April Notebook: Staying Calm in a Pandemic

Updated: Mar 31, 2020

By now, you'd have to be living in a cave to not be inundated with news about the coronavirus pandemic - also known as Covid-19, or COVID-19, if you will.

The way you have to work ahead in publishing, the ever-changing information has made it challenging to come up with something that won't become quickly dated in a monthly newsletter. That said, with all of the hoarding and panic going on, some suggestions on remaining calm seem in order. Paraphrased from a useful podcast I heard last week, here are some ideas for keeping a cool head until the pandemic is past.

* Get the FACTS from a reputable website like the Centers for Disease Control and Prevention (CDC) or the World Health Organization (WHO). Read them to stay current, but don't dwell on this issue by reading about it and worrying about it all day long. Be informed, then move on!

* Don't shame yourself for experiencing anxiety. Being anxious on occasion is normal. If you're anxious all the time, you may need to seek the help of a psychiatrist trained in mental health.

* Tackle a household project (or two) you've been putting off for too long.

* Read a relaxing book.

* Listen to soothing music.

* Remember that the Covid-19 pandemic is affecting us differently. Allow people to be where they're at: They may have a good reason for being more worried than you are.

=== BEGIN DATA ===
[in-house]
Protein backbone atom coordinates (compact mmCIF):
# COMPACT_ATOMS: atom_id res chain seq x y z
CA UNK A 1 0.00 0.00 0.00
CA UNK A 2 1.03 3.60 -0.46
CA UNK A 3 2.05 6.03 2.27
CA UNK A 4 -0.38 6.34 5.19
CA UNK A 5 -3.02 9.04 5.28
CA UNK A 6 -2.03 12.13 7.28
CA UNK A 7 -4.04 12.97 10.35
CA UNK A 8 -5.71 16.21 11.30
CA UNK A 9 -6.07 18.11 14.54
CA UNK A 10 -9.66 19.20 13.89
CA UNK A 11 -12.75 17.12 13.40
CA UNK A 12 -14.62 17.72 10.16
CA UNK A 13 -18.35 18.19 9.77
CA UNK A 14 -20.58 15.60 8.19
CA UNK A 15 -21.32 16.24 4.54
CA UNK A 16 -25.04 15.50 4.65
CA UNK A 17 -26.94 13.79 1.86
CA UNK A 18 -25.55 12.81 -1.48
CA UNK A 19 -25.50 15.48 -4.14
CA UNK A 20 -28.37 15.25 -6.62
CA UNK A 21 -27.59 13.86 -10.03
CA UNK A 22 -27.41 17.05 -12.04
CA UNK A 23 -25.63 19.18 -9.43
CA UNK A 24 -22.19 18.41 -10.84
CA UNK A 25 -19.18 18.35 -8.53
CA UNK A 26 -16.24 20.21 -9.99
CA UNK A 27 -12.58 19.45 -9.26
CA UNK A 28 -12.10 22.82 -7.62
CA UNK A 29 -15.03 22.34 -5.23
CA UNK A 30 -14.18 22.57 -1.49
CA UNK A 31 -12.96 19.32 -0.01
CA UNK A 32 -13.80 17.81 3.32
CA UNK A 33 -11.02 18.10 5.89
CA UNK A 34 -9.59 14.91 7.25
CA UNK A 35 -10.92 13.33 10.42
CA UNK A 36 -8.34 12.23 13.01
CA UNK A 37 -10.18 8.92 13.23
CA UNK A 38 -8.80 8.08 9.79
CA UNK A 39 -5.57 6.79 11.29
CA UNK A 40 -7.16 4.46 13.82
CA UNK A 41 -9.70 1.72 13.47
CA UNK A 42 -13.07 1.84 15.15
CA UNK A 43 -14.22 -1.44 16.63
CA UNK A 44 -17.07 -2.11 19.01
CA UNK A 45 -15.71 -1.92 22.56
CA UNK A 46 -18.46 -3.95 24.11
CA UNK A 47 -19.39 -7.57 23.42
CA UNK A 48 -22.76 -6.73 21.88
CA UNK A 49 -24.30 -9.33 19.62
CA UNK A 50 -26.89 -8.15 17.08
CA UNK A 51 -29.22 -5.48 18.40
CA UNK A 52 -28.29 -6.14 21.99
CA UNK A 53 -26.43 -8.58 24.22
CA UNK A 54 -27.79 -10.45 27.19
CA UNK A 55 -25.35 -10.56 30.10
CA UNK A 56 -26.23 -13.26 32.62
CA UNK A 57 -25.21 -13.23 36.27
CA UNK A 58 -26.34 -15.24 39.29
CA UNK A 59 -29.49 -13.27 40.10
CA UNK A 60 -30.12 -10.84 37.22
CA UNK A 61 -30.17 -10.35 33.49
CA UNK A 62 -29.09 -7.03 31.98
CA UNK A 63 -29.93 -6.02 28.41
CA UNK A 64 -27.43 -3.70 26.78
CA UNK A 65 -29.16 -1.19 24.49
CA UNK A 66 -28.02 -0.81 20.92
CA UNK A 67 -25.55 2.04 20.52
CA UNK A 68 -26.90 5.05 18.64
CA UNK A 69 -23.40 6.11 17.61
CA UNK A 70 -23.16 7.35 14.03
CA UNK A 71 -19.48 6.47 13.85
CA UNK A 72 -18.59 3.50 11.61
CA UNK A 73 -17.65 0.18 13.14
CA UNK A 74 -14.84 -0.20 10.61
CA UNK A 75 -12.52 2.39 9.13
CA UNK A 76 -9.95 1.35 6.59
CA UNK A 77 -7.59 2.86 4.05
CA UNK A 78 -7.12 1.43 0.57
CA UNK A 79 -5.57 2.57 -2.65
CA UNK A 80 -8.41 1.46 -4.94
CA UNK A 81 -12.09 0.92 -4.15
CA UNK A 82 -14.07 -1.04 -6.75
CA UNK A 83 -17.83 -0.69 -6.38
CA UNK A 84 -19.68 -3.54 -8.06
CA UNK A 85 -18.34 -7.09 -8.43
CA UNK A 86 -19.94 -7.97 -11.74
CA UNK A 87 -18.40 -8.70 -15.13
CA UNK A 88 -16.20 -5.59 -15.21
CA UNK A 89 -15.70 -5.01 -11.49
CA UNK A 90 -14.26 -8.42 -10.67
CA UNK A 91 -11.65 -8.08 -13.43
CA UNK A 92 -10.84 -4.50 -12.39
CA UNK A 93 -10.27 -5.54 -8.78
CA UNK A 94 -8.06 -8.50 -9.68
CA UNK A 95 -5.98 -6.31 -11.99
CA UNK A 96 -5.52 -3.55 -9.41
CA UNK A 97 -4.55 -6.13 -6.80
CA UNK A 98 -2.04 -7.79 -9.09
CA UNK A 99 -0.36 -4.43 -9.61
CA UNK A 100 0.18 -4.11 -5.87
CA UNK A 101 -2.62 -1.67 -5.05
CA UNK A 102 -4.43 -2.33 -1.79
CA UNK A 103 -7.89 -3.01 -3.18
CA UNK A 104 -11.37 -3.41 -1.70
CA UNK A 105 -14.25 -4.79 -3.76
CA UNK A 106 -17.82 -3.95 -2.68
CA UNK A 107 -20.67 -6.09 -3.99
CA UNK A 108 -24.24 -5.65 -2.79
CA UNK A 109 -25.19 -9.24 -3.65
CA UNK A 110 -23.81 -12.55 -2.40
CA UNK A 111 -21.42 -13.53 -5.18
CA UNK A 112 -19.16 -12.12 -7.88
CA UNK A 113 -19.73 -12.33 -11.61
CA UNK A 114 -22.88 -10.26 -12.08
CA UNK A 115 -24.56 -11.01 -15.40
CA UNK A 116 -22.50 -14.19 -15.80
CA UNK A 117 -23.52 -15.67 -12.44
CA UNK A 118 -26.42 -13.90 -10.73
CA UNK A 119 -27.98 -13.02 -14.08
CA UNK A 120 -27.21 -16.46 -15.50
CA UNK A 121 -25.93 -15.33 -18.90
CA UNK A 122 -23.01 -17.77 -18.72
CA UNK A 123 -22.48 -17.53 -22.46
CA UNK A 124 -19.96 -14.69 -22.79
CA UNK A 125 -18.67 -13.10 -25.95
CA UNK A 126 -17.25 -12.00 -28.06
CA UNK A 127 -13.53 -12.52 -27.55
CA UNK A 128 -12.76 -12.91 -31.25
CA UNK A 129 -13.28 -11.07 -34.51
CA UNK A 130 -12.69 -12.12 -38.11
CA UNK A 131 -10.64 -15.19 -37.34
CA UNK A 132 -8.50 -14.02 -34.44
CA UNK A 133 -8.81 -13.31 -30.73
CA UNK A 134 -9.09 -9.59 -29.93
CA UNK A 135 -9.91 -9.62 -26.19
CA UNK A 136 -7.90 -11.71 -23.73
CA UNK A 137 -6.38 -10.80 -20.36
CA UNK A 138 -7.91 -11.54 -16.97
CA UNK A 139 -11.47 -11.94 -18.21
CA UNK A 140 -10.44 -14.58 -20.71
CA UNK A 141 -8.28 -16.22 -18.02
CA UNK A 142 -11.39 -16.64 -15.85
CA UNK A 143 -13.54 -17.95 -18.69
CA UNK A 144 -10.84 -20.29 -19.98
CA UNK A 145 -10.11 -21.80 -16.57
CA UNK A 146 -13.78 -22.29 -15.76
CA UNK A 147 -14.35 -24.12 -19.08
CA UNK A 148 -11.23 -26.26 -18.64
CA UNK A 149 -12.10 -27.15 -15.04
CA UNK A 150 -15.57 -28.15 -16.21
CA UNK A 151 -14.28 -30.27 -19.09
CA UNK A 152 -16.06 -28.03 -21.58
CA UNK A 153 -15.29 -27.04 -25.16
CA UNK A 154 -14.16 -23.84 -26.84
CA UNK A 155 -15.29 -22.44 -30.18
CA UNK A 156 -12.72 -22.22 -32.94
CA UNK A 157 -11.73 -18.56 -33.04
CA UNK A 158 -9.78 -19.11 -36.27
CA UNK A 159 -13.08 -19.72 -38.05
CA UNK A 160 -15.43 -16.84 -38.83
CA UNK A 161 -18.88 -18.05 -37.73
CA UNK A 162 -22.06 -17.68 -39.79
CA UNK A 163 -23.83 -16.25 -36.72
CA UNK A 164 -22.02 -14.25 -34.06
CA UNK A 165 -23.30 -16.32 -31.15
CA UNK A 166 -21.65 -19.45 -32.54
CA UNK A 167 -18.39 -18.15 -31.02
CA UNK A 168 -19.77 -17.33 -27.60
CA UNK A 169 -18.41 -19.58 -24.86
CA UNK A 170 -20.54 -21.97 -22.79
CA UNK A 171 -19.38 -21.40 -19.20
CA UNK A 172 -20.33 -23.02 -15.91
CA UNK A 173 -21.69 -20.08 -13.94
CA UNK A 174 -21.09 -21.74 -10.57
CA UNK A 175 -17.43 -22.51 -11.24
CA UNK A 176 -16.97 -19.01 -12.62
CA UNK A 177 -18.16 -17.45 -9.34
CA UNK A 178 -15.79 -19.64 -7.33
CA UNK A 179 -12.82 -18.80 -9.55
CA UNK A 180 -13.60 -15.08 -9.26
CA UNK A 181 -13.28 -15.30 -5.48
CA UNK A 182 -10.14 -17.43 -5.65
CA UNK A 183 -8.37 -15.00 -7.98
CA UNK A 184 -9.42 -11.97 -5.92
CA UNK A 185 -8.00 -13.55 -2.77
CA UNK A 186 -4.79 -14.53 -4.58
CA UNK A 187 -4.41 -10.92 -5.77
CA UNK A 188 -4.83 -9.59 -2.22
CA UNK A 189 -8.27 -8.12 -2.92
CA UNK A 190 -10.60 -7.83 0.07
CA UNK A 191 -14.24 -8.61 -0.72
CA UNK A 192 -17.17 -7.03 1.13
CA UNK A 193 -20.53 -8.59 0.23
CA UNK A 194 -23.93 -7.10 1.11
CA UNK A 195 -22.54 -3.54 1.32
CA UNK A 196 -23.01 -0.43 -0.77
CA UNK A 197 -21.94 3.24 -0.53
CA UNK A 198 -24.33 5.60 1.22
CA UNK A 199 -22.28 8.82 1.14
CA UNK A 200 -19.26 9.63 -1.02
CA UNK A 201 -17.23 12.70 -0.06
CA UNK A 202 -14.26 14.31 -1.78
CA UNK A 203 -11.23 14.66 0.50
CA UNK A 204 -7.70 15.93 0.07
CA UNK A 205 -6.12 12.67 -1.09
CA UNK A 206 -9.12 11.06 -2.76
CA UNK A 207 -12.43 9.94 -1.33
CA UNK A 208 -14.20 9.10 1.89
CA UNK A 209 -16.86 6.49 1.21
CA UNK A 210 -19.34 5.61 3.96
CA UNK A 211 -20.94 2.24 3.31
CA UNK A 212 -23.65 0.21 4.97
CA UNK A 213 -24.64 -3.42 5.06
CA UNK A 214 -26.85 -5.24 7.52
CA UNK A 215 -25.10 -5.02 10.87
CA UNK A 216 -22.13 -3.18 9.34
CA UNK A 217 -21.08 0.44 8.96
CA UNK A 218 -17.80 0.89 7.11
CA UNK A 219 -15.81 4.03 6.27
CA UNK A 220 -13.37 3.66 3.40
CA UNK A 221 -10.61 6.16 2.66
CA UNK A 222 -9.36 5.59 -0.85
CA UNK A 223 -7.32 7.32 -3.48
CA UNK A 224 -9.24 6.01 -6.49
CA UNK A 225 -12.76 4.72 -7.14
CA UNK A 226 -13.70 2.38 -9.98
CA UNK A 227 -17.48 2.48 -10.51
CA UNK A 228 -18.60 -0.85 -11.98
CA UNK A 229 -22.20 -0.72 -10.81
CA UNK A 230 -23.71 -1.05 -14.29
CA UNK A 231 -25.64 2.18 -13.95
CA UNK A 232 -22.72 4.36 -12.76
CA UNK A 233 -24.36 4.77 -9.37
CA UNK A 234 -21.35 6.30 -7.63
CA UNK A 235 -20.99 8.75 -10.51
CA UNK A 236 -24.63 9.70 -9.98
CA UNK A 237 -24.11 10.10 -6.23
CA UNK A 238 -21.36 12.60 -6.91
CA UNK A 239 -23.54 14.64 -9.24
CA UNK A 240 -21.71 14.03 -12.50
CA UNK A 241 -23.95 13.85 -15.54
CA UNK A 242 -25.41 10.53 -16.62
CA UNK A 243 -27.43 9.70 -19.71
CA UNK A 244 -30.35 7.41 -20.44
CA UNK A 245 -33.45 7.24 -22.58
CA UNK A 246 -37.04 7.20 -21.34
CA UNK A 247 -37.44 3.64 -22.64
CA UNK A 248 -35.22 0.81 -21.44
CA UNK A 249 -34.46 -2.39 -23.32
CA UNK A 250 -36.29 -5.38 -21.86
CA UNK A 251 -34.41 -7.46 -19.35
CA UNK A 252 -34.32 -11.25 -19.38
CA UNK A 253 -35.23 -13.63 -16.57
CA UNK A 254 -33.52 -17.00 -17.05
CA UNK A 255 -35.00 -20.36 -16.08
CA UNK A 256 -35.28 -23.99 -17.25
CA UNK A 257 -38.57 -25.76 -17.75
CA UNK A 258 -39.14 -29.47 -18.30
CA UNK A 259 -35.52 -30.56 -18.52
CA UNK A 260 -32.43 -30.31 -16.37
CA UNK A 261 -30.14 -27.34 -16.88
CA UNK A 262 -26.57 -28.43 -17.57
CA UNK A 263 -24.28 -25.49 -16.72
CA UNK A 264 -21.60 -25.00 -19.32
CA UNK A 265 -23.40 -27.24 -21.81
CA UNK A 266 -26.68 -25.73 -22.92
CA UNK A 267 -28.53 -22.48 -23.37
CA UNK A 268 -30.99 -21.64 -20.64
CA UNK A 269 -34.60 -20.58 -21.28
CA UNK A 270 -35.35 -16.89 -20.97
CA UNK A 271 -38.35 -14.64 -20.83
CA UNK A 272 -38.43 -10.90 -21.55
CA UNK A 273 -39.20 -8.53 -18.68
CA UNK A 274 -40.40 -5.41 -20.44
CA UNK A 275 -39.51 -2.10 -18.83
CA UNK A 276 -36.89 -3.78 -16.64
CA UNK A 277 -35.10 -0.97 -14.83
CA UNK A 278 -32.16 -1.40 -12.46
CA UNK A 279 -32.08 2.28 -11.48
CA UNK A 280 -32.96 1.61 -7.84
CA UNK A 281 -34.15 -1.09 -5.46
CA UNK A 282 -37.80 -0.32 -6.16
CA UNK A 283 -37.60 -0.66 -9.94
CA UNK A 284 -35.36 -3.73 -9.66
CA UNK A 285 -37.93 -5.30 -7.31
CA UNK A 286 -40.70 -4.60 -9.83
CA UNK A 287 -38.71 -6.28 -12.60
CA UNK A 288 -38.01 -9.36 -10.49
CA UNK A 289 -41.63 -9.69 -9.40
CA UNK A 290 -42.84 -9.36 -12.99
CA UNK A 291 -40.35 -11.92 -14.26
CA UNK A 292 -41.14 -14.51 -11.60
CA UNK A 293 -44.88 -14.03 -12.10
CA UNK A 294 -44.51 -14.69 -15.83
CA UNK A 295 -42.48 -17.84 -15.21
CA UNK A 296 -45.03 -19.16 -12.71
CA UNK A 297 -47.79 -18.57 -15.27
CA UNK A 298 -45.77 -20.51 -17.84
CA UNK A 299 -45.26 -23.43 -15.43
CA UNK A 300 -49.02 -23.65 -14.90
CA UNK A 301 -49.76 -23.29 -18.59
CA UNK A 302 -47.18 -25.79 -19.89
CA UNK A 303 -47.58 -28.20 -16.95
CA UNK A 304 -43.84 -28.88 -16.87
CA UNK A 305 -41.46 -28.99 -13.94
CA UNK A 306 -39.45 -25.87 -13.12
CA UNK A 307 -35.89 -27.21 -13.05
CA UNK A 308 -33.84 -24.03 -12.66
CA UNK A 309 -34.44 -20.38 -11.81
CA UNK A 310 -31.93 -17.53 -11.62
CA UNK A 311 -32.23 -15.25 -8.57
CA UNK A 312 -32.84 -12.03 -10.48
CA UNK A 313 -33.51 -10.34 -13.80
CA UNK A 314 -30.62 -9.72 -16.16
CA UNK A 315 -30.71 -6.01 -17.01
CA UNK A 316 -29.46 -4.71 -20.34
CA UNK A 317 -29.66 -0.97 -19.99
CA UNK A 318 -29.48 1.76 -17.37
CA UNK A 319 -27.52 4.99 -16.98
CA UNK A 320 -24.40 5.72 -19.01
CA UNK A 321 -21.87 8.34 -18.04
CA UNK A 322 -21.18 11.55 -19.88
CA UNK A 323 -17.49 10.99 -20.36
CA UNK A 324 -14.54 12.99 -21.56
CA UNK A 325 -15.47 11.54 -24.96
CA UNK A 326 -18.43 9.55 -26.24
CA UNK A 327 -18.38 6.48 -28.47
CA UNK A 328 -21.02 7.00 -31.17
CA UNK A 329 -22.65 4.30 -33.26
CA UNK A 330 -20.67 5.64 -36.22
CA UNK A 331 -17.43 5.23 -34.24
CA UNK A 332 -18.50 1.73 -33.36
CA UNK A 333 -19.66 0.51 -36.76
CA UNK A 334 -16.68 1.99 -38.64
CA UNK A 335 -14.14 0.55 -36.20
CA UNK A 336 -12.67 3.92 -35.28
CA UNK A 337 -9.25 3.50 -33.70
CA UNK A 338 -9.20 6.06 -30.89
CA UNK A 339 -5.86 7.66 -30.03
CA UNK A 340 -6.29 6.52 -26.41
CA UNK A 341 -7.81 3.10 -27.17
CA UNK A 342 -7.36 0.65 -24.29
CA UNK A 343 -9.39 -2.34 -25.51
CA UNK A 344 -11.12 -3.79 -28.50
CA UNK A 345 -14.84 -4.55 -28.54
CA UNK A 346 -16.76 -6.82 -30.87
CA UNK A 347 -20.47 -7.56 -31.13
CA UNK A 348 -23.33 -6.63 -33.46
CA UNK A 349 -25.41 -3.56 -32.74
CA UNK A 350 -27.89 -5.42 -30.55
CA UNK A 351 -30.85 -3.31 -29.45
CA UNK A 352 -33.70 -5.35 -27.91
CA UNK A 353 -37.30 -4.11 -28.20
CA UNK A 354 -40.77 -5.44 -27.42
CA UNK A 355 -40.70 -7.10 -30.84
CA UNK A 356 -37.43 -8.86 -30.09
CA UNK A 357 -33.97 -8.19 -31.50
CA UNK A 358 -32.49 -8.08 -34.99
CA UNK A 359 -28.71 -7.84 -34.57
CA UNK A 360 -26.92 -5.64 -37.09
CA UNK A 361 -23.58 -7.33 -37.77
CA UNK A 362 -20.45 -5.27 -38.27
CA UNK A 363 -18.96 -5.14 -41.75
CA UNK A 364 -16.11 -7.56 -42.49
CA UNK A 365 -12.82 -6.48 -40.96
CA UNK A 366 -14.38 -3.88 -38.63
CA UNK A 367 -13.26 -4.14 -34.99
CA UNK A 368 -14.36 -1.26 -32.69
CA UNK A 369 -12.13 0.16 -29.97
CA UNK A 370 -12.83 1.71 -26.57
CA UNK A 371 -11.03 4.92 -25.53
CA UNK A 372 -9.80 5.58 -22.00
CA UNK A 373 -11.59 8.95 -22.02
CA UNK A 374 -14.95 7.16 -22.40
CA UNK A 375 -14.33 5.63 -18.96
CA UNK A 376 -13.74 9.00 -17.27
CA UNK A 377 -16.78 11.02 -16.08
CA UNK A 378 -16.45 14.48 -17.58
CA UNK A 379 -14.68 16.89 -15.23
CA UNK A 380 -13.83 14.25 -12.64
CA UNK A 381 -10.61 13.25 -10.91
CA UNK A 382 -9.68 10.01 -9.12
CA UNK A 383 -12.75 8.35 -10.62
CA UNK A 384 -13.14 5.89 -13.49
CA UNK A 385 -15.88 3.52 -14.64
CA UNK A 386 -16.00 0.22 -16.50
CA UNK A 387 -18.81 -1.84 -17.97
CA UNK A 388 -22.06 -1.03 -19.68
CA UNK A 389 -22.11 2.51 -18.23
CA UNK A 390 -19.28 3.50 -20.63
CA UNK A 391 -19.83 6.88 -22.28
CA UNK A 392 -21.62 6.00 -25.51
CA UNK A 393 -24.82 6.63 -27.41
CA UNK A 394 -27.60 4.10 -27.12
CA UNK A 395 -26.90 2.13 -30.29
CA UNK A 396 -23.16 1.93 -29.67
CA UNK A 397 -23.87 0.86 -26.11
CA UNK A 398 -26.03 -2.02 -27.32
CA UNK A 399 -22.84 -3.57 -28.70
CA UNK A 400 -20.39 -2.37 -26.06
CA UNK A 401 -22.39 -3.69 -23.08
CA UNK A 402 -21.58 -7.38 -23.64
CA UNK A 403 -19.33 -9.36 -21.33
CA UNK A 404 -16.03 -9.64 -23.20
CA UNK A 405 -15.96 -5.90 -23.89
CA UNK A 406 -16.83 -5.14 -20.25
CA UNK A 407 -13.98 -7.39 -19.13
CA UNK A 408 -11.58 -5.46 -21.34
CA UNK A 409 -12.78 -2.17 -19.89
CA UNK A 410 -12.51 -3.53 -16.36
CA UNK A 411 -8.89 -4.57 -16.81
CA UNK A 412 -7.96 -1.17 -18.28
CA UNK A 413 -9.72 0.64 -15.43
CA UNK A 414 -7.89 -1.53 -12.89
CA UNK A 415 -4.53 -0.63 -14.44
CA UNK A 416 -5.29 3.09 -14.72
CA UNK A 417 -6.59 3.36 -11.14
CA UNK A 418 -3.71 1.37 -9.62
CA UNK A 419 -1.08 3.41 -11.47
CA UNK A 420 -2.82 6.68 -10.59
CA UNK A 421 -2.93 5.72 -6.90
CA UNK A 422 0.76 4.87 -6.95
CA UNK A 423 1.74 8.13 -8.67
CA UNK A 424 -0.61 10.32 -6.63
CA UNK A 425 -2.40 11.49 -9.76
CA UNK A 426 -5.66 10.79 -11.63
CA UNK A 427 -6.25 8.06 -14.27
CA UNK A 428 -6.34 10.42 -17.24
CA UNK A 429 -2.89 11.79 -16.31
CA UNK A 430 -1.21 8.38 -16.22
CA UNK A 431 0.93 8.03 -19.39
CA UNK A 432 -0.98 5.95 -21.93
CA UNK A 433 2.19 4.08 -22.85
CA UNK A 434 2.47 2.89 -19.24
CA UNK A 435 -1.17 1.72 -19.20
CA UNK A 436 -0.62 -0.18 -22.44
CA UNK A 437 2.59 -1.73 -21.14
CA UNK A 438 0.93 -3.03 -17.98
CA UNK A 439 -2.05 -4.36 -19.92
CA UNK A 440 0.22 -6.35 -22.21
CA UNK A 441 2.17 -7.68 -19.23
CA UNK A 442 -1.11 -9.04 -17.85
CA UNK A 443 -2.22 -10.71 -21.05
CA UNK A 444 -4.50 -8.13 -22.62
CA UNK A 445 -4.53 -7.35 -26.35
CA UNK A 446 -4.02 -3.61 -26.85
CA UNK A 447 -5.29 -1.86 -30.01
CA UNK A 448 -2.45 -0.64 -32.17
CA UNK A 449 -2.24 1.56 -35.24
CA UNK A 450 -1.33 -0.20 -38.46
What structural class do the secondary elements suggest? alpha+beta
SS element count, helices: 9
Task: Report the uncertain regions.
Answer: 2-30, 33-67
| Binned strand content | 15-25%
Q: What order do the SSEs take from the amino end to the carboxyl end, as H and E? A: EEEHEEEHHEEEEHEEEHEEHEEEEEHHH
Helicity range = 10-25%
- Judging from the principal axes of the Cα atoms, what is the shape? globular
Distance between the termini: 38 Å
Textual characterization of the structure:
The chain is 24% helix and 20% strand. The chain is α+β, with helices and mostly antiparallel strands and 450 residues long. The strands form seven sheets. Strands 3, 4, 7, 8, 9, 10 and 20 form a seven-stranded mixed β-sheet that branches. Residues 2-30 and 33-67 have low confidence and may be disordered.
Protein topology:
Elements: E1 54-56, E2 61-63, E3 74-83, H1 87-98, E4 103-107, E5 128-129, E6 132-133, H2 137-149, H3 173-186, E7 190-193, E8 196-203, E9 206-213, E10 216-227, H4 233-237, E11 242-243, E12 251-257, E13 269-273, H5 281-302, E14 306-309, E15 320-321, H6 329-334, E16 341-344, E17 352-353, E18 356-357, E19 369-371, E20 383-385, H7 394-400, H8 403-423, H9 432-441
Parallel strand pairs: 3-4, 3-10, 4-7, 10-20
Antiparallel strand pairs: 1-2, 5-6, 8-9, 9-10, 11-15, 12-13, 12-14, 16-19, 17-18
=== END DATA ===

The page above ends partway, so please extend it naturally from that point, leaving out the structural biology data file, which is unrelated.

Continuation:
* This too shall pass. Remember difficult times in the past that you have gotten through.

* Pray the Serenity Prayer. If you're not familiar with it, it goes like this: God grant me the serenity to accept the things I cannot change; courage to change the things I can; and wisdom to know the difference.

36 views0 comments

Recent Posts

See All

More on Civility: US is on a Slippery Slope

I have written several posts on this blog about the need for greater civility in today’s polarized society. They have been well received, and I thank you for reading them. In trying to determine what

EAPA Chapters Consolidate

In today’s virtual world in which online meetings have become commonplace, the traditional geographic borders that used to define face-to-face gatherings of clubs, chapters, etc., often mean little. T

Summer Sun: More than Ever!

While overexposure to the sun is never a good idea, between Seasonal Affective Disorder (SAD), and Pandemic Affective Disorder (PAD) – what psychologist Martin Klein refers to as “SAD on steroids” – i